EAST BERLIN — Social Democrat leader Ibrahim Boehme, a key figure in East Germany's fledgling democracy, stepped down temporarily today to protest allegations that he spied for the security police.
Boehme, whose party came in second in free elections eight days ago, has hotly denied recent charges that he was an informer for the hated Stasi security police.
Speaking to reporters after a meeting of Social Democratic leaders, Boehme said he will temporarily give up both the party leadership and his seat in the new parliament until his name is cleared.
Charges that deputies in the new parliament were informers for the now defunct Stalinist security force have spread like a virus since the country's first free election.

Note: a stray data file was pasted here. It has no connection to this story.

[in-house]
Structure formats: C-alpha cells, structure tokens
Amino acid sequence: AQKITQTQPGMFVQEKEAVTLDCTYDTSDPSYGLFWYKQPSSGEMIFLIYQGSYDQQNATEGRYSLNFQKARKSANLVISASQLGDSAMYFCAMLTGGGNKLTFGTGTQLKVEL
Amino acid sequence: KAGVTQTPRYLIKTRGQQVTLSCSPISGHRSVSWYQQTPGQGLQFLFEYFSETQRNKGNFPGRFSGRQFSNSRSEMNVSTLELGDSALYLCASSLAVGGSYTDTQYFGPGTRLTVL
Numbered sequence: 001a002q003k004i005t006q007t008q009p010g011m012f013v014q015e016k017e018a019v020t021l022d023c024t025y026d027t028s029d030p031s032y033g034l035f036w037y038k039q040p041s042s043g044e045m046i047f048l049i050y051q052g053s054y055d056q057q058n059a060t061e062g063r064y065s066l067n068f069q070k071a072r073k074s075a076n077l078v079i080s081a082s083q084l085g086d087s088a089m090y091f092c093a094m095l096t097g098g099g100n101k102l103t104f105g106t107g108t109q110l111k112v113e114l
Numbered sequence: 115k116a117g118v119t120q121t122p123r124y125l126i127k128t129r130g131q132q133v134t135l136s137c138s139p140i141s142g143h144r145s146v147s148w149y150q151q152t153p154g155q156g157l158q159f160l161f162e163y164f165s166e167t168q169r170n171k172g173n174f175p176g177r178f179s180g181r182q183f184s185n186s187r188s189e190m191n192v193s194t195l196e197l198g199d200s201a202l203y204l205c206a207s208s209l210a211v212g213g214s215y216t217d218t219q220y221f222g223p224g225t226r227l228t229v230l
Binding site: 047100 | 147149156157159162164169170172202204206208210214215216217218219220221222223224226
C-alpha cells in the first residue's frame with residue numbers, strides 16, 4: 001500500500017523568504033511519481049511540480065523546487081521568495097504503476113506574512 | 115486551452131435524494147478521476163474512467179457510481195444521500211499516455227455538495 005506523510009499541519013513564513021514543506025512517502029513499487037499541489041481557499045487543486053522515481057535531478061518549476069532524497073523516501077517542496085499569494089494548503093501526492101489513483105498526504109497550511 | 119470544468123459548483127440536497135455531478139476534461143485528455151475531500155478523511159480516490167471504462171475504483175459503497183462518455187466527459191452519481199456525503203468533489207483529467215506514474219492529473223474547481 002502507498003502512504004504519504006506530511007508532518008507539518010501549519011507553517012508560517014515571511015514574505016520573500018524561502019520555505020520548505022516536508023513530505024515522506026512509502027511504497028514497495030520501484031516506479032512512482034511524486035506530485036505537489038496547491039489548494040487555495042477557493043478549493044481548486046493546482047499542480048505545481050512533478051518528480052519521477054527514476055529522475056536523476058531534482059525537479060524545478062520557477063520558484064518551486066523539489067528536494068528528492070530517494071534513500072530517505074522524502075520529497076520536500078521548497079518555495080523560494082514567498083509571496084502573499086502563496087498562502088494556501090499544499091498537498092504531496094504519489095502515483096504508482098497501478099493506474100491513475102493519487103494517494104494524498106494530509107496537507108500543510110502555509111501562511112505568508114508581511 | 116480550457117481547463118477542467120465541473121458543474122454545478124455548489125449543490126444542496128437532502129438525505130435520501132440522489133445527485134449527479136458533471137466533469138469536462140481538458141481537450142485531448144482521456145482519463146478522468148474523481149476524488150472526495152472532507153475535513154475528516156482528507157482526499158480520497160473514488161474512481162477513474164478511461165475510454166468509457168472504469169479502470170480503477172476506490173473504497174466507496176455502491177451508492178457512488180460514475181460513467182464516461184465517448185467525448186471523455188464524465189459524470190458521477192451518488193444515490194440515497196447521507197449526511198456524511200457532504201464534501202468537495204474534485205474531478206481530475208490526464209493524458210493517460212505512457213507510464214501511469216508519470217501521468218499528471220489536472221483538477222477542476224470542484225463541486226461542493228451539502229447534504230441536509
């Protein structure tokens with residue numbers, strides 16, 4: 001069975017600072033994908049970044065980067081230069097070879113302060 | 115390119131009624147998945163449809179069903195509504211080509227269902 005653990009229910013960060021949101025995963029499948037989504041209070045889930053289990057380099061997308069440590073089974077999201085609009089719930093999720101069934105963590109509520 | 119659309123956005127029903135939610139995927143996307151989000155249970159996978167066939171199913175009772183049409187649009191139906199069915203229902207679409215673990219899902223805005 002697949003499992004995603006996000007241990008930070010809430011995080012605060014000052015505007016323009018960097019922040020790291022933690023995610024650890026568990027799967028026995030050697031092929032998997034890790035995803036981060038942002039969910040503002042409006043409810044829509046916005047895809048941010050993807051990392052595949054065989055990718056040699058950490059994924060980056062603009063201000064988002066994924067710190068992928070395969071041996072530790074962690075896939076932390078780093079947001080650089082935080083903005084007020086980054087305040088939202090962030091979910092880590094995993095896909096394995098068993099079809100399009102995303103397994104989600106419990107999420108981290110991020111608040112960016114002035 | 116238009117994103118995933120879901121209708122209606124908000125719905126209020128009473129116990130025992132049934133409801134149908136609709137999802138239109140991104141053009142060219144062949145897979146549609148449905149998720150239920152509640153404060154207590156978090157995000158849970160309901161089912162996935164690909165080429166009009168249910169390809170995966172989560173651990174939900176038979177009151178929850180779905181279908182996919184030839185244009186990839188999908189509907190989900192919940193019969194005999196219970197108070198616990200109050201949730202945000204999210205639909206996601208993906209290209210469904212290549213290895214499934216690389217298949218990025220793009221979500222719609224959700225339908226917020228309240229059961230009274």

Although unconfirmed and largely based on anonymous sources, they have scuttled hopes of forming a quick coalition government to steer East Germany toward unification with Bonn.
Lothar de Maiziere, leader of the East German Christian Democrats, which humbled the Social Democrats into a distant second place at the polls, is also alleged to have been a Stasi informer--a suggestion he has dismissed as nonsense.